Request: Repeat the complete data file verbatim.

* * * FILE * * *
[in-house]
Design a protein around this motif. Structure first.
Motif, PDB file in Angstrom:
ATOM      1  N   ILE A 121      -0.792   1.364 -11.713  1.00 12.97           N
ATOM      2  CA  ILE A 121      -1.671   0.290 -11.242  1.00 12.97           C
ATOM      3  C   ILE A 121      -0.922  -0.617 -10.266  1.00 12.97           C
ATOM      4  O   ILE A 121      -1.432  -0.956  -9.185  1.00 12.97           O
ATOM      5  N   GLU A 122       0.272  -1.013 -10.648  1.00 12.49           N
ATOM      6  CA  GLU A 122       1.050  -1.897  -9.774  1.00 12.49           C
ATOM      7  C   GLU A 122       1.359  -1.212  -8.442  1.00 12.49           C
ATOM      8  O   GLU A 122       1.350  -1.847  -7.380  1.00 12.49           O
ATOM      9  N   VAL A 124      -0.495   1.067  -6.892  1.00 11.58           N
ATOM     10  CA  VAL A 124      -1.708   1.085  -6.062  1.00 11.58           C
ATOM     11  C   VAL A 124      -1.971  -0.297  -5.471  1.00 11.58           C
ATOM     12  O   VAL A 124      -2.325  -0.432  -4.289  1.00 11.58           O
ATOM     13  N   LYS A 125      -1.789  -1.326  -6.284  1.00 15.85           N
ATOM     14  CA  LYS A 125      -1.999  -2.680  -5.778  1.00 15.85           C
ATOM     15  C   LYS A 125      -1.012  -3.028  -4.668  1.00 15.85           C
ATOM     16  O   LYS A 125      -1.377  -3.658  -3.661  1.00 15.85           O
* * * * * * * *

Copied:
[in-house]
Design a protein around this motif. Structure first.
Motif, PDB file in Angstrom:
ATOM      1  N   ILE A 121      -0.792   1.364 -11.713  1.00 12.97           N
ATOM      2  CA  ILE A 121      -1.671   0.290 -11.242  1.00 12.97           C
ATOM      3  C   ILE A 121      -0.922  -0.617 -10.266  1.00 12.97           C
ATOM      4  O   ILE A 121      -1.432  -0.956  -9.185  1.00 12.97           O
ATOM      5  N   GLU A 122       0.272  -1.013 -10.648  1.00 12.49           N
ATOM      6  CA  GLU A 122       1.050  -1.897  -9.774  1.00 12.49           C
ATOM      7  C   GLU A 122       1.359  -1.212  -8.442  1.00 12.49           C
ATOM      8  O   GLU A 122       1.350  -1.847  -7.380  1.00 12.49           O
ATOM      9  N   VAL A 124      -0.495   1.067  -6.892  1.00 11.58           N
ATOM     10  CA  VAL A 124      -1.708   1.085  -6.062  1.00 11.58           C
ATOM     11  C   VAL A 124      -1.971  -0.297  -5.471  1.00 11.58           C
ATOM     12  O   VAL A 124      -2.325  -0.432  -4.289  1.00 11.58           O
ATOM     13  N   LYS A 125      -1.789  -1.326  -6.284  1.00 15.85           N
ATOM     14  CA  LYS A 125      -1.999  -2.680  -5.778  1.00 15.85           C
ATOM     15  C   LYS A 125      -1.012  -3.028  -4.668  1.00 15.85           C
ATOM     16  O   LYS A 125      -1.377  -3.658  -3.661  1.00 15.85           O